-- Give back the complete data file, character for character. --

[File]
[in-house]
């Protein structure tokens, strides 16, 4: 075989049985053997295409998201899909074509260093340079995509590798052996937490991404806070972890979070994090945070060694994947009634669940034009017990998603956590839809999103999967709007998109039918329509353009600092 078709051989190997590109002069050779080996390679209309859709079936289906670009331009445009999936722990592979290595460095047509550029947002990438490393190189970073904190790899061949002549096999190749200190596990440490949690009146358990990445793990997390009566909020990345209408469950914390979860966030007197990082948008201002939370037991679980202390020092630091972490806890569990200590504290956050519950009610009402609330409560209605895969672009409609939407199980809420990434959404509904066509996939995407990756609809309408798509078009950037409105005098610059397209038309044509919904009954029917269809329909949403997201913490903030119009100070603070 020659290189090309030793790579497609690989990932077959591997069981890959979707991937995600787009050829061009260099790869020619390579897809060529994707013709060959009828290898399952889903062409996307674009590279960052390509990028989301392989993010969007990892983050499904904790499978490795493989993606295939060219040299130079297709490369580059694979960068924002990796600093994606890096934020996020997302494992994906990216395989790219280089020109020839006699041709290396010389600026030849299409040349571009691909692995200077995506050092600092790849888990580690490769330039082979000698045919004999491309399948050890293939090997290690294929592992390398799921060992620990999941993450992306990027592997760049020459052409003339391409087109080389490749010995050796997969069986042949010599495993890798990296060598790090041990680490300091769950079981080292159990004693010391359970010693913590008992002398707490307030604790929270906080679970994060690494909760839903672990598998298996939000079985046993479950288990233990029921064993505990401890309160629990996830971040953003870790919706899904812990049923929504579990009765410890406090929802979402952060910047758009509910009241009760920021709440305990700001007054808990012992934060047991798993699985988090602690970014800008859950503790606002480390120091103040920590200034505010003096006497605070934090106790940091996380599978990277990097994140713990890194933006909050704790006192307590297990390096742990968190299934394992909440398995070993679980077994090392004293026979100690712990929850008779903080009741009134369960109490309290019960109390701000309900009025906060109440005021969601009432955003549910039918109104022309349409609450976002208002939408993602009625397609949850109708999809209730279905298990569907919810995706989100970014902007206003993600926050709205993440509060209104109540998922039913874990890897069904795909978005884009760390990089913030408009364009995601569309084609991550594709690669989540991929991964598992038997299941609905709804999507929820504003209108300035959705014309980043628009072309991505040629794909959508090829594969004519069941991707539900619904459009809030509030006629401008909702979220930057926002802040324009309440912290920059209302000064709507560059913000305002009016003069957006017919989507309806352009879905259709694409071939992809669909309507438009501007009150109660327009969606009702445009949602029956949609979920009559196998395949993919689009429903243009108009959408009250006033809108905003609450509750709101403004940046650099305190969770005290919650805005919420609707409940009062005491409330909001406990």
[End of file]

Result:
[in-house]
């Protein structure tokens, strides 16, 4: 075989049985053997295409998201899909074509260093340079995509590798052996937490991404806070972890979070994090945070060694994947009634669940034009017990998603956590839809999103999967709007998109039918329509353009600092 078709051989190997590109002069050779080996390679209309859709079936289906670009331009445009999936722990592979290595460095047509550029947002990438490393190189970073904190790899061949002549096999190749200190596990440490949690009146358990990445793990997390009566909020990345209408469950914390979860966030007197990082948008201002939370037991679980202390020092630091972490806890569990200590504290956050519950009610009402609330409560209605895969672009409609939407199980809420990434959404509904066509996939995407990756609809309408798509078009950037409105005098610059397209038309044509919904009954029917269809329909949403997201913490903030119009100070603070 020659290189090309030793790579497609690989990932077959591997069981890959979707991937995600787009050829061009260099790869020619390579897809060529994707013709060959009828290898399952889903062409996307674009590279960052390509990028989301392989993010969007990892983050499904904790499978490795493989993606295939060219040299130079297709490369580059694979960068924002990796600093994606890096934020996020997302494992994906990216395989790219280089020109020839006699041709290396010389600026030849299409040349571009691909692995200077995506050092600092790849888990580690490769330039082979000698045919004999491309399948050890293939090997290690294929592992390398799921060992620990999941993450992306990027592997760049020459052409003339391409087109080389490749010995050796997969069986042949010599495993890798990296060598790090041990680490300091769950079981080292159990004693010391359970010693913590008992002398707490307030604790929270906080679970994060690494909760839903672990598998298996939000079985046993479950288990233990029921064993505990401890309160629990996830971040953003870790919706899904812990049923929504579990009765410890406090929802979402952060910047758009509910009241009760920021709440305990700001007054808990012992934060047991798993699985988090602690970014800008859950503790606002480390120091103040920590200034505010003096006497605070934090106790940091996380599978990277990097994140713990890194933006909050704790006192307590297990390096742990968190299934394992909440398995070993679980077994090392004293026979100690712990929850008779903080009741009134369960109490309290019960109390701000309900009025906060109440005021969601009432955003549910039918109104022309349409609450976002208002939408993602009625397609949850109708999809209730279905298990569907919810995706989100970014902007206003993600926050709205993440509060209104109540998922039913874990890897069904795909978005884009760390990089913030408009364009995601569309084609991550594709690669989540991929991964598992038997299941609905709804999507929820504003209108300035959705014309980043628009072309991505040629794909959508090829594969004519069941991707539900619904459009809030509030006629401008909702979220930057926002802040324009309440912290920059209302000064709507560059913000305002009016003069957006017919989507309806352009879905259709694409071939992809669909309507438009501007009150109660327009969606009702445009949602029956949609979920009559196998395949993919689009429903243009108009959408009250006033809108905003609450509750709101403004940046650099305190969770005290919650805005919420609707409940009062005491409330909001406990």